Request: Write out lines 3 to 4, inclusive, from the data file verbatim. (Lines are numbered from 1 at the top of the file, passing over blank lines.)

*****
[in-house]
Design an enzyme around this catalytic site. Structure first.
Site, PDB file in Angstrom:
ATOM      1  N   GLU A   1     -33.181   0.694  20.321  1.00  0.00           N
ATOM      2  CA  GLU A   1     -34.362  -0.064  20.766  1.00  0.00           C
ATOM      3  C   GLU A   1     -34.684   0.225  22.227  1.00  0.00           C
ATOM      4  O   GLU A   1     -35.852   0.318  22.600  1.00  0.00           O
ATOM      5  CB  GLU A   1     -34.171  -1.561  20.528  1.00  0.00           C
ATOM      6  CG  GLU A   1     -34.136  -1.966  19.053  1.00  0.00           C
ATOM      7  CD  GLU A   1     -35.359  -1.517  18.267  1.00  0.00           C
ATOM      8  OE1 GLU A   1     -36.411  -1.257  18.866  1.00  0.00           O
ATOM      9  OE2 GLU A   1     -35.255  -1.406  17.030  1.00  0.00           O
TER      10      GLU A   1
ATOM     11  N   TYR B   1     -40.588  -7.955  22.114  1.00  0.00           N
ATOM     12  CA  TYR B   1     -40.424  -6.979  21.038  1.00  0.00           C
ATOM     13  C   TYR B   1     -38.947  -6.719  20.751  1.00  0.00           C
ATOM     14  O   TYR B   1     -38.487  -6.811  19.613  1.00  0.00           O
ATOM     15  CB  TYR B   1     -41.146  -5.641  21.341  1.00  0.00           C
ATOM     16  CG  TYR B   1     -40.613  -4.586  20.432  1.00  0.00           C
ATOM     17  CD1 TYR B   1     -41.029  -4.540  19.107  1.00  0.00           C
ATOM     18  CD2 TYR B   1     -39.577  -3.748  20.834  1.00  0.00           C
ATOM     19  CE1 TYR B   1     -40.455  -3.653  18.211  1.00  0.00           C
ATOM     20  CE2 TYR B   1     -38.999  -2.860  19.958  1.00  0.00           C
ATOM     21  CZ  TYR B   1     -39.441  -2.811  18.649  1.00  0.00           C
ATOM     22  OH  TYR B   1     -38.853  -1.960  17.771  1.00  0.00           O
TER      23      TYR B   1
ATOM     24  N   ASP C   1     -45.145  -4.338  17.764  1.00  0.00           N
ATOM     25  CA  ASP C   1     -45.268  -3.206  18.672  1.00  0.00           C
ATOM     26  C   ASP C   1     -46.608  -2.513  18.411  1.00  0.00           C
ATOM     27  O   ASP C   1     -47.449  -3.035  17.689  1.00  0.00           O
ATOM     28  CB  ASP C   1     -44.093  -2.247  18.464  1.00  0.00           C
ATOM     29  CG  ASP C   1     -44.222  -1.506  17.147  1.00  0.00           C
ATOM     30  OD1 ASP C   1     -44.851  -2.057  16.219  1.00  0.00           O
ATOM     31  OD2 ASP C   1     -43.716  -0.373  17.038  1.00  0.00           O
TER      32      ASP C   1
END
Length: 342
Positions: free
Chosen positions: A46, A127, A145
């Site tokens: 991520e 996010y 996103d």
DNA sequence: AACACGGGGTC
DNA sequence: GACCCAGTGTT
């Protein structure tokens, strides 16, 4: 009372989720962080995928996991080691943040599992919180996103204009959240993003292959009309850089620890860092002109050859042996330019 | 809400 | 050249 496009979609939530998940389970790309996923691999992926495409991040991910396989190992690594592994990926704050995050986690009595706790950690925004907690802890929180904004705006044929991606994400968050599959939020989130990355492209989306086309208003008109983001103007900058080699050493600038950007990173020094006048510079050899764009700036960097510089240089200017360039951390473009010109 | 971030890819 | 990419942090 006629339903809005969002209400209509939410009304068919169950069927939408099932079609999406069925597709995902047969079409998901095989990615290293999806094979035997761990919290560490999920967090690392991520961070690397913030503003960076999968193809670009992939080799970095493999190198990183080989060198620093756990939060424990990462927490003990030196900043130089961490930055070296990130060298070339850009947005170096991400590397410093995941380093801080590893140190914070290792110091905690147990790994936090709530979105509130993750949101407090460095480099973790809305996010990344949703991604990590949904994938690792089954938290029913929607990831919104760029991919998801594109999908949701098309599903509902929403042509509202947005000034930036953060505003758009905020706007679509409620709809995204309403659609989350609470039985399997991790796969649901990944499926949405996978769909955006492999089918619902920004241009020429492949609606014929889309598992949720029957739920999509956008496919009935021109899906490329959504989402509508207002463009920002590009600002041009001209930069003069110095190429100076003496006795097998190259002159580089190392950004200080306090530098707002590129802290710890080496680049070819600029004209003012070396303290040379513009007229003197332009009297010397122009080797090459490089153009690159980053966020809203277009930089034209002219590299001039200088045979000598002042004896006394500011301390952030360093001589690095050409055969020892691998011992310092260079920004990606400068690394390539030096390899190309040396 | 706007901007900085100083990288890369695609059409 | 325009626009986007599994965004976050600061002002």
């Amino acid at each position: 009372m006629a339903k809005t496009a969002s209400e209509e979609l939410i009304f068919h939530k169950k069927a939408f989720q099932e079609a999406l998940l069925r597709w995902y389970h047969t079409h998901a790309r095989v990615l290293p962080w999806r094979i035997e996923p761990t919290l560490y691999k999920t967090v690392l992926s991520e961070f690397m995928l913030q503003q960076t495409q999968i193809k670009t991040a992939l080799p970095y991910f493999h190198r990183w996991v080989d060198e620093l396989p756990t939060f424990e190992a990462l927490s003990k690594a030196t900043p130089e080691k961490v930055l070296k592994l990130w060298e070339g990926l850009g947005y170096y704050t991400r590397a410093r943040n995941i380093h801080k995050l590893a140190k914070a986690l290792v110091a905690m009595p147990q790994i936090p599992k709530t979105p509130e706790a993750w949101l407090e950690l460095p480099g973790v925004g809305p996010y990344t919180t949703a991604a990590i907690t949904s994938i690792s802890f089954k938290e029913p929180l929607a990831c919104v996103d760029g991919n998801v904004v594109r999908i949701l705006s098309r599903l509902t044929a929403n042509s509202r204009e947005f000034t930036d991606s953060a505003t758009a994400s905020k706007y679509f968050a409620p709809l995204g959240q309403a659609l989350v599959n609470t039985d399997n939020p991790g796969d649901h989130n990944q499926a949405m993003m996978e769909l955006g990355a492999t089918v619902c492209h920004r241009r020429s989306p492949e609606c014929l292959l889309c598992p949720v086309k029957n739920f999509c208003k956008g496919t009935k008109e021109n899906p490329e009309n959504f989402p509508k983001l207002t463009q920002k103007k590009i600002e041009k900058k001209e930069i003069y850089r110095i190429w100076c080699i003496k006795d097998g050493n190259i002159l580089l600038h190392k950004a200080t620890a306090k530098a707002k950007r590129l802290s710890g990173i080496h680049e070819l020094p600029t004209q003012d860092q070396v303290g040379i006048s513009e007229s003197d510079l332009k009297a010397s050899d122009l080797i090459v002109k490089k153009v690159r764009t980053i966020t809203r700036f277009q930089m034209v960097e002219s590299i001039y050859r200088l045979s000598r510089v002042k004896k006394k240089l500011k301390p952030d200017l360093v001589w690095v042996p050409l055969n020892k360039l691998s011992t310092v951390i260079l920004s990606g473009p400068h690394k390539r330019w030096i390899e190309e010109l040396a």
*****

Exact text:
Site, PDB file in Angstrom:
ATOM      1  N   GLU A   1     -33.181   0.694  20.321  1.00  0.00           N